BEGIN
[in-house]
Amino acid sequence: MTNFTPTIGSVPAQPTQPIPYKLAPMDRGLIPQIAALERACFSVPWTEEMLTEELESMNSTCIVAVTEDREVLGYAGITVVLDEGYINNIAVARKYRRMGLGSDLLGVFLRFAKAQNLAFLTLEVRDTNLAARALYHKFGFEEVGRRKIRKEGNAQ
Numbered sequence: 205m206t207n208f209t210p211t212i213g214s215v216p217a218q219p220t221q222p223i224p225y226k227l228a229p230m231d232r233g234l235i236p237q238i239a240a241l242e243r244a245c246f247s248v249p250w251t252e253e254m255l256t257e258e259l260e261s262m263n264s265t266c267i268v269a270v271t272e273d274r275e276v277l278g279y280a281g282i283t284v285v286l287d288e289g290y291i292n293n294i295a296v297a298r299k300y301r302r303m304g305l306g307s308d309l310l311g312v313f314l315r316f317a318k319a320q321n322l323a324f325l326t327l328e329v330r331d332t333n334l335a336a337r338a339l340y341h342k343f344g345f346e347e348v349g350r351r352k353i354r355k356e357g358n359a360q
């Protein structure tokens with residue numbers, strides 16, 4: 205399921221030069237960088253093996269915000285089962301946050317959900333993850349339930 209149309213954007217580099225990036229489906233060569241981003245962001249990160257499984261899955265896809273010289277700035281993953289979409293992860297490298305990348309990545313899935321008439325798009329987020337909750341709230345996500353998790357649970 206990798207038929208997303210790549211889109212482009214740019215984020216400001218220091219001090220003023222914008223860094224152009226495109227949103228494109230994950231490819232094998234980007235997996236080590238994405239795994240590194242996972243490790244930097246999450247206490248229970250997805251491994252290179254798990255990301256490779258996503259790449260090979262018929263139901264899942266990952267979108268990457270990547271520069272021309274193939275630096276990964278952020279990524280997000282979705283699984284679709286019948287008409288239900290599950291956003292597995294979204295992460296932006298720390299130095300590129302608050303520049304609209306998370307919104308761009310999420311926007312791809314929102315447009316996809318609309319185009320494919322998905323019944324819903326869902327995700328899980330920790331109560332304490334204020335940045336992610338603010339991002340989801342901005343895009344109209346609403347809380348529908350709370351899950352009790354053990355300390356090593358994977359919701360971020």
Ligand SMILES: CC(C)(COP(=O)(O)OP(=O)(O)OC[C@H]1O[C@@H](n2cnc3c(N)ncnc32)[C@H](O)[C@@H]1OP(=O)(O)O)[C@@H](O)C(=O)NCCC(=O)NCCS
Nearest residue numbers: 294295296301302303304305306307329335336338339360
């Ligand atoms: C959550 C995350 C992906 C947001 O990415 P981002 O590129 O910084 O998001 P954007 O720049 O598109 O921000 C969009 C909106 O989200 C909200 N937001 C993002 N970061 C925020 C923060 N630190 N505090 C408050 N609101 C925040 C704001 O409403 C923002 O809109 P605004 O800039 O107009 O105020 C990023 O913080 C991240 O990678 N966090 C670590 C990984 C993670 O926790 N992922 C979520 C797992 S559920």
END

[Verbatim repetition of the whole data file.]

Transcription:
[in-house]
Amino acid sequence: MTNFTPTIGSVPAQPTQPIPYKLAPMDRGLIPQIAALERACFSVPWTEEMLTEELESMNSTCIVAVTEDREVLGYAGITVVLDEGYINNIAVARKYRRMGLGSDLLGVFLRFAKAQNLAFLTLEVRDTNLAARALYHKFGFEEVGRRKIRKEGNAQ
Numbered sequence: 205m206t207n208f209t210p211t212i213g214s215v216p217a218q219p220t221q222p223i224p225y226k227l228a229p230m231d232r233g234l235i236p237q238i239a240a241l242e243r244a245c246f247s248v249p250w251t252e253e254m255l256t257e258e259l260e261s262m263n264s265t266c267i268v269a270v271t272e273d274r275e276v277l278g279y280a281g282i283t284v285v286l287d288e289g290y291i292n293n294i295a296v297a298r299k300y301r302r303m304g305l306g307s308d309l310l311g312v313f314l315r316f317a318k319a320q321n322l323a324f325l326t327l328e329v330r331d332t333n334l335a336a337r338a339l340y341h342k343f344g345f346e347e348v349g350r351r352k353i354r355k356e357g358n359a360q
């Protein structure tokens with residue numbers, strides 16, 4: 205399921221030069237960088253093996269915000285089962301946050317959900333993850349339930 209149309213954007217580099225990036229489906233060569241981003245962001249990160257499984261899955265896809273010289277700035281993953289979409293992860297490298305990348309990545313899935321008439325798009329987020337909750341709230345996500353998790357649970 206990798207038929208997303210790549211889109212482009214740019215984020216400001218220091219001090220003023222914008223860094224152009226495109227949103228494109230994950231490819232094998234980007235997996236080590238994405239795994240590194242996972243490790244930097246999450247206490248229970250997805251491994252290179254798990255990301256490779258996503259790449260090979262018929263139901264899942266990952267979108268990457270990547271520069272021309274193939275630096276990964278952020279990524280997000282979705283699984284679709286019948287008409288239900290599950291956003292597995294979204295992460296932006298720390299130095300590129302608050303520049304609209306998370307919104308761009310999420311926007312791809314929102315447009316996809318609309319185009320494919322998905323019944324819903326869902327995700328899980330920790331109560332304490334204020335940045336992610338603010339991002340989801342901005343895009344109209346609403347809380348529908350709370351899950352009790354053990355300390356090593358994977359919701360971020």
Ligand SMILES: CC(C)(COP(=O)(O)OP(=O)(O)OC[C@H]1O[C@@H](n2cnc3c(N)ncnc32)[C@H](O)[C@@H]1OP(=O)(O)O)[C@@H](O)C(=O)NCCC(=O)NCCS
Nearest residue numbers: 294295296301302303304305306307329335336338339360
């Ligand atoms: C959550 C995350 C992906 C947001 O990415 P981002 O590129 O910084 O998001 P954007 O720049 O598109 O921000 C969009 C909106 O989200 C909200 N937001 C993002 N970061 C925020 C923060 N630190 N505090 C408050 N609101 C925040 C704001 O409403 C923002 O809109 P605004 O800039 O107009 O105020 C990023 O913080 C991240 O990678 N966090 C670590 C990984 C993670 O926790 N992922 C979520 C797992 S559920």